E: Ettercap


I love the ettercap. Well, that’s not perfectly accurate: I love spider monsters, and this is our first spider monster, and it has a name that’s fun to say. And what a spider monster the ettercap is, because they have an intelligence of 7 and speak no languages. These creatures substitute for the bugbear: stealthy, vicious, low intelligence, nets and garrotes.

3.X/Pathfinder suggests several traps they might build around their lair, capture-nooses and deadfalls and such. I like the idea that the ettercap lays traps, and indeed the 5e ettercap entry has a variant box with web garrote, which works just right (roll20’s copy has the garrote included). These previous editions also let the ettercap speak common, I note. How do they learn common? Who is holding conversation with them in their parlors? Are they up-to-date on slang?

I’m betting if they have treasure, it comes entirely from selling rope, silk, 50 ft. coils; I’m betting that they sneak into cities under cover of night and under a coat, all glowing eyes in the wrong places and mandible-based speech impediments.

Variant: Ettercap Trader

Speaks common and can craft goods from its silk and, to a lesser degree, chitin. They wear filthy silk cloaks and wraps to pose as humanoids.

Spiders are arachnids. Crabs are arachnids. Aquatic ettercaps, with one big claw and one little claw and a shell made of an old tin can?

Variant: Marine Ettercap

Has a swim speed of 30 ft., an AC of 16, loses its climb speed, traits and actions. It has multiattack (big + little claw). Its big claw deals 11 (2d8+2) piercing damage and a grab; its little claw 7 (2d4+2) damage. At the beginning of its turn a creature grabbed by its big claw takes 11 (2d8+2) damage.

On the other hand, you are what you eat:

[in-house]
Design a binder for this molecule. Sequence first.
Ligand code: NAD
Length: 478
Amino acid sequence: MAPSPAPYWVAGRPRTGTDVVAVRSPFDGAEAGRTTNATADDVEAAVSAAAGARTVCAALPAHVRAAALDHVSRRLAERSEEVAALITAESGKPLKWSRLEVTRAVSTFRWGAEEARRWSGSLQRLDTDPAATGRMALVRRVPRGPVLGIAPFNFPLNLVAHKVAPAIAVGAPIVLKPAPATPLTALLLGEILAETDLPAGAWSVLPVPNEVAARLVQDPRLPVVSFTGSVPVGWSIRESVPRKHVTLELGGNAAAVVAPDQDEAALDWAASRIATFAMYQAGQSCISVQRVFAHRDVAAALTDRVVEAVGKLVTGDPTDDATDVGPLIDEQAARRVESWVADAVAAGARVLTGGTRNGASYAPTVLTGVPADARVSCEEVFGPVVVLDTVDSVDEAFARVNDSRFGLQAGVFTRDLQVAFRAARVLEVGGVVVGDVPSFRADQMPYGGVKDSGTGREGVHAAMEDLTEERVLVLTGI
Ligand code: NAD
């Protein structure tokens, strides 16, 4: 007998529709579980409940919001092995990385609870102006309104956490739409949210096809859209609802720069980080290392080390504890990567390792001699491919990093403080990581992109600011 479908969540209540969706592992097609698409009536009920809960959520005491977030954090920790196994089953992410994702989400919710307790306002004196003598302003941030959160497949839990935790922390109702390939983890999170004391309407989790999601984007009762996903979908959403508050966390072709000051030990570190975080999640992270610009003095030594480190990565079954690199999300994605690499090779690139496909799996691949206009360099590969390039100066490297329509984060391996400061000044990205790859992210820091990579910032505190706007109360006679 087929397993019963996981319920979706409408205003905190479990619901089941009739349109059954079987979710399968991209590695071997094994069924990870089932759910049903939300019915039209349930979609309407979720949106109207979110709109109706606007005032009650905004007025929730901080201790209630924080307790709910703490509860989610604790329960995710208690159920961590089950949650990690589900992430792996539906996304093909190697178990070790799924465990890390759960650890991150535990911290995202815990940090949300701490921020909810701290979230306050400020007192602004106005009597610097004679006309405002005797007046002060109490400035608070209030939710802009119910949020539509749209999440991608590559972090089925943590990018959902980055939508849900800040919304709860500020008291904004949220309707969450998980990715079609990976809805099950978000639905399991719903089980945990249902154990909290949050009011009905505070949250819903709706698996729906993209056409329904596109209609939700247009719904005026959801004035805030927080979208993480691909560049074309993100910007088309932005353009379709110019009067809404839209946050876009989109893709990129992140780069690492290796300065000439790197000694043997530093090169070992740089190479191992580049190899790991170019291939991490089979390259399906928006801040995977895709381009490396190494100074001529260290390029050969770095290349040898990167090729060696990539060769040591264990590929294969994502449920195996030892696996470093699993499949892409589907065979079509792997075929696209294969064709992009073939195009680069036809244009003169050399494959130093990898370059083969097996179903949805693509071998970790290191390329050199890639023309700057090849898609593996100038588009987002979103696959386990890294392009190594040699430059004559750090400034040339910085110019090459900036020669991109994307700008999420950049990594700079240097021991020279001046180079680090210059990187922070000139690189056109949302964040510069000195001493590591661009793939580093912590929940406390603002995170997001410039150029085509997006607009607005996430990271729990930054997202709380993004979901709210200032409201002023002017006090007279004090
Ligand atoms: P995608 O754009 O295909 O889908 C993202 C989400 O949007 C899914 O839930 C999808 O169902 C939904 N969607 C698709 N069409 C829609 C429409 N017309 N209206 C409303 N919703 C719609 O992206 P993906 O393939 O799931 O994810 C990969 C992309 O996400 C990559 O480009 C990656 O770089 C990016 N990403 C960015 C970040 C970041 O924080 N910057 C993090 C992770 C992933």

Variant: Spider-species Ettercap

Some ettercaps adopt the features of their spider-charges. In particular, you might give the ettercap a CR of 3, and one of the following traits based on spider type:

  • Phase spider: Ethereal Jaunt. As a bonus action, the ettercap can magically shift fromt he Material Plane to the Ethereal Plane, or vice versa.
  • Giant wolf spider: Paralytic Poison. A creature failing the save against the ettercap’s bite by 5 or more is paralyzed while poisoned. A creature reduced to 0 hit points is poisoned for 1 hour, even after regaining hit points.
  • Leaping spider: Standing Leap. The ettercap’s long jump is up to 30 feet and its high jump is 15 feet, with or without a running start.
  • Spitting spider: Venom Web. Any creature beginning its turn in contact with the spider’s web takes 4 (1d8) poison damage and must succeed on a DC 11 Constitution save or be poisoned for 1 minute. A creature no longer in contact with the web can repeat the saving throw at the end of each of tis turns, ending the effect on itself on a success.

Per wikipedia, “It has been suggested that ettercaps are the descendants of a group of mad druids”. I’m not sure I’d really want to chase that line of plot where it leads, because druids just don’t scream spiders to me. But I guess if you have humanoid and bestial features, druids beat alternative origin stories.


E: Elf (Drow)

Elf (Drow)

We’re all agreed this should be a fey creature, right? Yeah. So that’s obvious. These don’t count as humanoids, since they’re fey, so I can fit them into this series.

Call this thing we’re making here Elf (Eldest).

Trow: Nasty, Brutish, and Short

A digression on etymology. The word is older than gaming and, like many references to “dark elves” seems to point at what D&D ends up calling dwarves or goblins. Or, frankly, mythologically-speaking, trolls. They do live underground in “trowie knowes”, so I can understand the underdark connection, but it’s at best a jumping off point.

I’m not interested in using the drow to rehabilitate that sensibility. We can just use goblins or something. I’m more interested in using the drow’s stats to represent the same niche the non-SRD Eladrin points at: the sidhe, the Fair Folk, the Others. Call them “Eldest”, the unbroken culture of Chaotic Neutral True Elves.

Elfshot: Drow Sleep Poison’s Mythological Basis

So where did Greyhawk’s drow get their sleep poison? Anglo-Saxon medical journals on elfshot. Why does it knock you unconscious? So that the unfair drow ambush doesn’t end the campaign.

But for the Eldest, that doesn’t work for me. So instead of envenoming their weapons, elven ranged weapon attacks gain this trait: